Accuracy in the Book of Acts
by Glenn Smith
In the book of Acts, chapter 27 deals with a shipwreck that the apostle Paul experienced while on his way to Rome. The author of Acts, Luke, goes into significant detail while describing the events of the storm and the wreck of the ship. Acts 27:13-16 reads:
Now when the south wind blew gently, supposing that they had obtained their purpose, they weighed anchor and sailed along Crete, close to the shore. But soon a tempestuous wind, called the northeaster, struck down from the land. And when the ship was caught and could not face the wind, we gave way to it and were driven along. Running under the lee of a small island called Cauda, we managed with difficulty to secure the ship’s boat.
Historian Colin Hemer, in The Book of Acts in the Setting of Hellenistic History, comments about this passage:
Cauda, for instance, is precisely where a ship driven helpless before an east-northeast wind from beyond the shelter of Cape Matala might gain brief respite for necessary maneuvers and to set a more northward line of drift on the starboard tack. As the implications of such details are further explored, it becomes increasingly difficult to believe that they could have been derived from any contemporary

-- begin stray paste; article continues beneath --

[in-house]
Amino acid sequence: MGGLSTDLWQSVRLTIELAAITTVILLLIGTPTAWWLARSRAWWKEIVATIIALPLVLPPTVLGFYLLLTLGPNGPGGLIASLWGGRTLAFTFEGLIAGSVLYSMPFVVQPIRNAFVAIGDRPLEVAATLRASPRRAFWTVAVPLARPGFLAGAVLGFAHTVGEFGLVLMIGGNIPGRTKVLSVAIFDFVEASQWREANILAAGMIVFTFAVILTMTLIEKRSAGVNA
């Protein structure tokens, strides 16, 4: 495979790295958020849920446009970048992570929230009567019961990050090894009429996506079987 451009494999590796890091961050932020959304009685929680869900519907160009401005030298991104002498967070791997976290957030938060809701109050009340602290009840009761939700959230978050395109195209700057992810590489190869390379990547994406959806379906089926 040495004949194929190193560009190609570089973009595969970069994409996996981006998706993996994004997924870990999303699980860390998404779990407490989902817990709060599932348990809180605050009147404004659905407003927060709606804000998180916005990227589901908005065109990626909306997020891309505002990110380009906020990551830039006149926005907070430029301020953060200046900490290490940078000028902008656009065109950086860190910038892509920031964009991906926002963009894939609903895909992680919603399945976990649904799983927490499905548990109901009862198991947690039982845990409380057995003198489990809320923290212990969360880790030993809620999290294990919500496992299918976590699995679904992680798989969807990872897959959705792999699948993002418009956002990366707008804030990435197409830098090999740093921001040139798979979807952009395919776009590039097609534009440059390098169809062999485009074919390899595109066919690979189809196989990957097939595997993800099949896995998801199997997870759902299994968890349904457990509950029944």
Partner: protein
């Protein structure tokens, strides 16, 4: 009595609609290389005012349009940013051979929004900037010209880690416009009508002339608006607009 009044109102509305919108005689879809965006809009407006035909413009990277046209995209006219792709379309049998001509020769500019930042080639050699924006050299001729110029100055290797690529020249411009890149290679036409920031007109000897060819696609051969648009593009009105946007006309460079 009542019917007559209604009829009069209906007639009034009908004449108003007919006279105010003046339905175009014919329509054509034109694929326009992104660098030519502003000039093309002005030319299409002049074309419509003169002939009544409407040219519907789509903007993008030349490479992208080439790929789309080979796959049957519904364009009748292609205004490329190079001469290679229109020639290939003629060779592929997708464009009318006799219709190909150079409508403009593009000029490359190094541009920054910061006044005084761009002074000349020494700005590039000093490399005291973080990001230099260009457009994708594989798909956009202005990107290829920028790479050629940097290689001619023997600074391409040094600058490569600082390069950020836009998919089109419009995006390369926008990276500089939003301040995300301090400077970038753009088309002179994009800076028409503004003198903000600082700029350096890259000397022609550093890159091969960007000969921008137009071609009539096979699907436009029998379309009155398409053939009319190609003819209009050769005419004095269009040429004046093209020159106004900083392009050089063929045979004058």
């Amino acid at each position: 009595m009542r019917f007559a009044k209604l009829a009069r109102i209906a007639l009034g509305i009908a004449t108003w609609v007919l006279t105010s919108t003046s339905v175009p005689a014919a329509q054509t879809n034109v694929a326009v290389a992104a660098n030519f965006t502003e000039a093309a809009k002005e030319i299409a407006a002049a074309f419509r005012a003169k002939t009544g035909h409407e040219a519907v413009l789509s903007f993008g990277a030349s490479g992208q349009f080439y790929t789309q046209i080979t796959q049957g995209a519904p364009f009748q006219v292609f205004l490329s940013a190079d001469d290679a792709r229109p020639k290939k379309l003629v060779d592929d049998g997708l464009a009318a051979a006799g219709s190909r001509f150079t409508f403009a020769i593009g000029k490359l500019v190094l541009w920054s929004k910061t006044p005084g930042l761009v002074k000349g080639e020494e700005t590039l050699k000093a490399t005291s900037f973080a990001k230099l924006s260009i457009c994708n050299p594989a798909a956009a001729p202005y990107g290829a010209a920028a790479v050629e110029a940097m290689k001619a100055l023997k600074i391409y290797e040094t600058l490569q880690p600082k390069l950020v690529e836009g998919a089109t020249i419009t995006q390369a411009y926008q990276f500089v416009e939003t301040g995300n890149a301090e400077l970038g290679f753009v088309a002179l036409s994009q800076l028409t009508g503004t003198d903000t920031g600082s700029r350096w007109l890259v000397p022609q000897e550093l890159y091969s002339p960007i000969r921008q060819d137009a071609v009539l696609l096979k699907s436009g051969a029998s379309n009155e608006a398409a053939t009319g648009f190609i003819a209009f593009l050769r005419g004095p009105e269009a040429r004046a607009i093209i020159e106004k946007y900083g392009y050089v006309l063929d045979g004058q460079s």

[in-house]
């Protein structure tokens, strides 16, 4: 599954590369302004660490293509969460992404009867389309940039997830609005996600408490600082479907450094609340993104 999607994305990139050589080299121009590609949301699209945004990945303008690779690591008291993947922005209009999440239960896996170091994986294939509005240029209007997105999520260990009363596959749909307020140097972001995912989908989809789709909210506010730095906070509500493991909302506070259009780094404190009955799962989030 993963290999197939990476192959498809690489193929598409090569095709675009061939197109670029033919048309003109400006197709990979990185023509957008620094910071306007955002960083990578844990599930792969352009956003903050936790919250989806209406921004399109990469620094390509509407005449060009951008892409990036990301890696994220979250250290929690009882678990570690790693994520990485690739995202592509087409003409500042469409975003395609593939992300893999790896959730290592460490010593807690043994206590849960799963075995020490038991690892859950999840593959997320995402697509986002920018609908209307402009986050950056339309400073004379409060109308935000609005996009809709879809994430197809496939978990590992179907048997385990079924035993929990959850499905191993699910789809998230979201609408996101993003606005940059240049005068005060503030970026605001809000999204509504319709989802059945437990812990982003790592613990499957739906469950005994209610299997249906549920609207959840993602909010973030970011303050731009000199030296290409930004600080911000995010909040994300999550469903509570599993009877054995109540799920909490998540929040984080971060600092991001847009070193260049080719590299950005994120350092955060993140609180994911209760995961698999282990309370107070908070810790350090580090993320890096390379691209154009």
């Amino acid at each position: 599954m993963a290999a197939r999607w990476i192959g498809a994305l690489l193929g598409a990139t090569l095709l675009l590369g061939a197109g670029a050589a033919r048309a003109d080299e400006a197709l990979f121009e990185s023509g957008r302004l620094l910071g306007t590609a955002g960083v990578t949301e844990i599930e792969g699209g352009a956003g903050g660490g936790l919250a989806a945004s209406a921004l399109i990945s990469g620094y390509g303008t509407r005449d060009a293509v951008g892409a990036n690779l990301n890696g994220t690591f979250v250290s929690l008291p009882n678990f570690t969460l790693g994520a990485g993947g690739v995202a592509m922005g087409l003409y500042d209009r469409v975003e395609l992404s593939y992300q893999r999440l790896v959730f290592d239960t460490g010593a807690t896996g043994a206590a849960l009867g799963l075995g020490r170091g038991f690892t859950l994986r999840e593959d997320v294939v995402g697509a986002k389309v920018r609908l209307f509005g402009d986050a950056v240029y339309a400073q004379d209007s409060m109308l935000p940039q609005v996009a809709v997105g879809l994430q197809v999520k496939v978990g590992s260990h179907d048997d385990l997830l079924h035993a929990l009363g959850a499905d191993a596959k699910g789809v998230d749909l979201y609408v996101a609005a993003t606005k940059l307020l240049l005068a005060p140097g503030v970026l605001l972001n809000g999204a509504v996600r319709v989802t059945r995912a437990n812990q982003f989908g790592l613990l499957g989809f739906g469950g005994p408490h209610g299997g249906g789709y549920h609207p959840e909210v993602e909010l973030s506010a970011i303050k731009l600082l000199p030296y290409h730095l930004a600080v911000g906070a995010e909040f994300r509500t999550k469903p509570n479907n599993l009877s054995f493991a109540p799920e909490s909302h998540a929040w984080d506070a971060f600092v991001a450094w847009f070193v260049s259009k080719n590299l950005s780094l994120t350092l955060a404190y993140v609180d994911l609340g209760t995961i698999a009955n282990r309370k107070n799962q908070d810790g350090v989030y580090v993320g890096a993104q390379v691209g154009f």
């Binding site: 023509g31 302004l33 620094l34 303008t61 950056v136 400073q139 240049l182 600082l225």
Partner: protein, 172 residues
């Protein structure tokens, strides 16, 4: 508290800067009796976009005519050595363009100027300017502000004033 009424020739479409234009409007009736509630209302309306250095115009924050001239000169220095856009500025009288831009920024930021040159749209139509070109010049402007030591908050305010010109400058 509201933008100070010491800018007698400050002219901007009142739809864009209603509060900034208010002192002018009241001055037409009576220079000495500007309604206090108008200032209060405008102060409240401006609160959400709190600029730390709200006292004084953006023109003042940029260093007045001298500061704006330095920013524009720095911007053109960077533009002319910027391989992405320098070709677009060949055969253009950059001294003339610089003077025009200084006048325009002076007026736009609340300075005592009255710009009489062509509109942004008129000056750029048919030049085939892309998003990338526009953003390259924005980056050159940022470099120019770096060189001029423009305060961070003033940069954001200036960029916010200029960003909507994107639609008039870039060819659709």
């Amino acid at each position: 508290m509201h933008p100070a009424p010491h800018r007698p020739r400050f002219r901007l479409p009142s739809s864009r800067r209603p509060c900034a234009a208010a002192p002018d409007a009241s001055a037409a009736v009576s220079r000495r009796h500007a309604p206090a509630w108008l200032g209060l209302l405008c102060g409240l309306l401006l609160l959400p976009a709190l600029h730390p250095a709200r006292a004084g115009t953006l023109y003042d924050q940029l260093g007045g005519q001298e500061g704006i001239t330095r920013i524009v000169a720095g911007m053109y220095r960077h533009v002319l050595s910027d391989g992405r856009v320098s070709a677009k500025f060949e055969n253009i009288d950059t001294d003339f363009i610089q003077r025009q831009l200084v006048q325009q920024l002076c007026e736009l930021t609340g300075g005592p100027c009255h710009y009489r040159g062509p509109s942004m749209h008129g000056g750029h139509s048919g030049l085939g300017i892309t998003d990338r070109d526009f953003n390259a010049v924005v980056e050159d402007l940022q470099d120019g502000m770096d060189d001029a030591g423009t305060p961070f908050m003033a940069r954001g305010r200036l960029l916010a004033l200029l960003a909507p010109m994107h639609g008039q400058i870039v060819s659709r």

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reference work. In the places where we can compare, Luke fares much better than the encyclopedist Pliny, who might be regarded as the foremost first-century example of such a source. Pliny places Cauda (Gaudos) opposite Hierapytna, some ninety miles too far east (NH 4.12.61). Even Ptolemy, who offers a reckoning of latitude and longitude, makes a serious dislocation to the northwest, putting Cauda too near the western end of Crete, in a position which would not suit the unstudied narrative of our text (Ptol. Geog. 3.15.8)” (Hemer, p.331)
What Hemer is saying here is that it is increasingly difficult to say that the author of Acts got his information from a reference book or from hearsay. The first century sources that exist today, Pliny and Ptolemy, have the geography wrong according to what we now know with modern maps. In short, Luke is more accurate than any other extant source of his day…
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